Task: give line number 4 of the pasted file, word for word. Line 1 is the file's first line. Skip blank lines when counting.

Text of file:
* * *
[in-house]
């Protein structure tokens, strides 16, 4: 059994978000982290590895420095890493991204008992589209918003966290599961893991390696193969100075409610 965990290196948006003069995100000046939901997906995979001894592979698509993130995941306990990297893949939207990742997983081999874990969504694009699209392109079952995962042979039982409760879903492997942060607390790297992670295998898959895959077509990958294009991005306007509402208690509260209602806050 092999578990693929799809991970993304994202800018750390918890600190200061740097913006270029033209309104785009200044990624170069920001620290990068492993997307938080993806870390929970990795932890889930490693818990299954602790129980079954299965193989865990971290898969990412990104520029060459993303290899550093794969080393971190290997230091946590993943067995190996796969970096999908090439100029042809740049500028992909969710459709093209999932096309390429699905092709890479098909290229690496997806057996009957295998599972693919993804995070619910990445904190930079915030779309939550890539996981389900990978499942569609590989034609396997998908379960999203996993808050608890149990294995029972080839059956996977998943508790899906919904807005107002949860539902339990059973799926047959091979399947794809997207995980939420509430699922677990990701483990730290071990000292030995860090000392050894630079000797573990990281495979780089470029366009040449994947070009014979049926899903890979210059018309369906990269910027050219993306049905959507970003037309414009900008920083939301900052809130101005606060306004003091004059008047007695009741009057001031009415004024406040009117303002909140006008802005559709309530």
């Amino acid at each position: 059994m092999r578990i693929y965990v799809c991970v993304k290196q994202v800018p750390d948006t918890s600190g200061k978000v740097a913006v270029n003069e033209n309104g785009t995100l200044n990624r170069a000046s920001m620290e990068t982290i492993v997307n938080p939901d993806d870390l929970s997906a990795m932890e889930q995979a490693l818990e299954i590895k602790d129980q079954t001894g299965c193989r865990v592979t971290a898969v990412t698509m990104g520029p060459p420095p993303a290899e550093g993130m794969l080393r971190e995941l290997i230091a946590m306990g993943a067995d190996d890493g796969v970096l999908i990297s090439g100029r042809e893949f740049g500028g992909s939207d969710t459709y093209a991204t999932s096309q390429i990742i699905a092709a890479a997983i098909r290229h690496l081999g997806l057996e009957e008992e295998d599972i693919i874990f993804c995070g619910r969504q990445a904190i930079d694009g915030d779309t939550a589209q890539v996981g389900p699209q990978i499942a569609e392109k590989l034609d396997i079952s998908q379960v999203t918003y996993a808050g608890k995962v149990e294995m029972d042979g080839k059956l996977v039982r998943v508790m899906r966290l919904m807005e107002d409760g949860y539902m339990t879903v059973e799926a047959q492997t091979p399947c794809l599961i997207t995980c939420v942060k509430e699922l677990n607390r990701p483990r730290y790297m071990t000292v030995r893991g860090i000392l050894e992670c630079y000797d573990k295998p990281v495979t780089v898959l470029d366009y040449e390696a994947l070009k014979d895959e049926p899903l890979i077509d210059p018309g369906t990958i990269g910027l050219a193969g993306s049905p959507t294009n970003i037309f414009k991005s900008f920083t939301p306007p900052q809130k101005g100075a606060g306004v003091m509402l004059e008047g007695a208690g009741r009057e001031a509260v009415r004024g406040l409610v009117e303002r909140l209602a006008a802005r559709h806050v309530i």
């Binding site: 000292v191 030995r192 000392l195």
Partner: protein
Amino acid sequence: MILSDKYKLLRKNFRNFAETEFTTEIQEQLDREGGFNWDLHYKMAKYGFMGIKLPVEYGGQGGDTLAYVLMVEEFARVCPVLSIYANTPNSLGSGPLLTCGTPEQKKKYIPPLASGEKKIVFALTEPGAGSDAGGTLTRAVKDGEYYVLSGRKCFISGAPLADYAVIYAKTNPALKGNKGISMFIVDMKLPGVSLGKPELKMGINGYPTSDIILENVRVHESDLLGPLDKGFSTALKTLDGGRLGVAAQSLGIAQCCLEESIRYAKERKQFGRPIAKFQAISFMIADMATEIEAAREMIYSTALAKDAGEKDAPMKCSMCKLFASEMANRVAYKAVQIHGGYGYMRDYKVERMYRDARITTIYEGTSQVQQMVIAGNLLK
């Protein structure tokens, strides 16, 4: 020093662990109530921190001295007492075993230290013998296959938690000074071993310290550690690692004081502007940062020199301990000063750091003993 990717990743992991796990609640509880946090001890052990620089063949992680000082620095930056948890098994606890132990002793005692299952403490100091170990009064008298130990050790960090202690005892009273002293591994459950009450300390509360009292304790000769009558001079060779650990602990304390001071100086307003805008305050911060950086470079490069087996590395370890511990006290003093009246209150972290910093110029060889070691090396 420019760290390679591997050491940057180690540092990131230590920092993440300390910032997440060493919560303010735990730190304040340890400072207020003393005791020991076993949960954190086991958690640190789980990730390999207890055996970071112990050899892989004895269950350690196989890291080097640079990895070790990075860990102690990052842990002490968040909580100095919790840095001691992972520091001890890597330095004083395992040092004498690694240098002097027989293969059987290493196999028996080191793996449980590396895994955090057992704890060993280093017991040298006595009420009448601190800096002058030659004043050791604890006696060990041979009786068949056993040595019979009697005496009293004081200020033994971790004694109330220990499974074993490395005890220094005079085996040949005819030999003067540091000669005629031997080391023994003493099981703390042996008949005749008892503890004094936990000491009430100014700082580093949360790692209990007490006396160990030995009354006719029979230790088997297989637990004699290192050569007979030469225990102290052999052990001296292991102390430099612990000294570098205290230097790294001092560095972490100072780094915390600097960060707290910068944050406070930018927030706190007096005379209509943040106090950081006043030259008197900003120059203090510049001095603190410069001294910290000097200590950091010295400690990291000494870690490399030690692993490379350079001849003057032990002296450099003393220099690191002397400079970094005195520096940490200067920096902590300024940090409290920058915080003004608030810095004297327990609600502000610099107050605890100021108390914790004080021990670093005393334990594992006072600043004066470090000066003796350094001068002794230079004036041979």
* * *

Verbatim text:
């Binding site: 000292v191 030995r192 000392l195």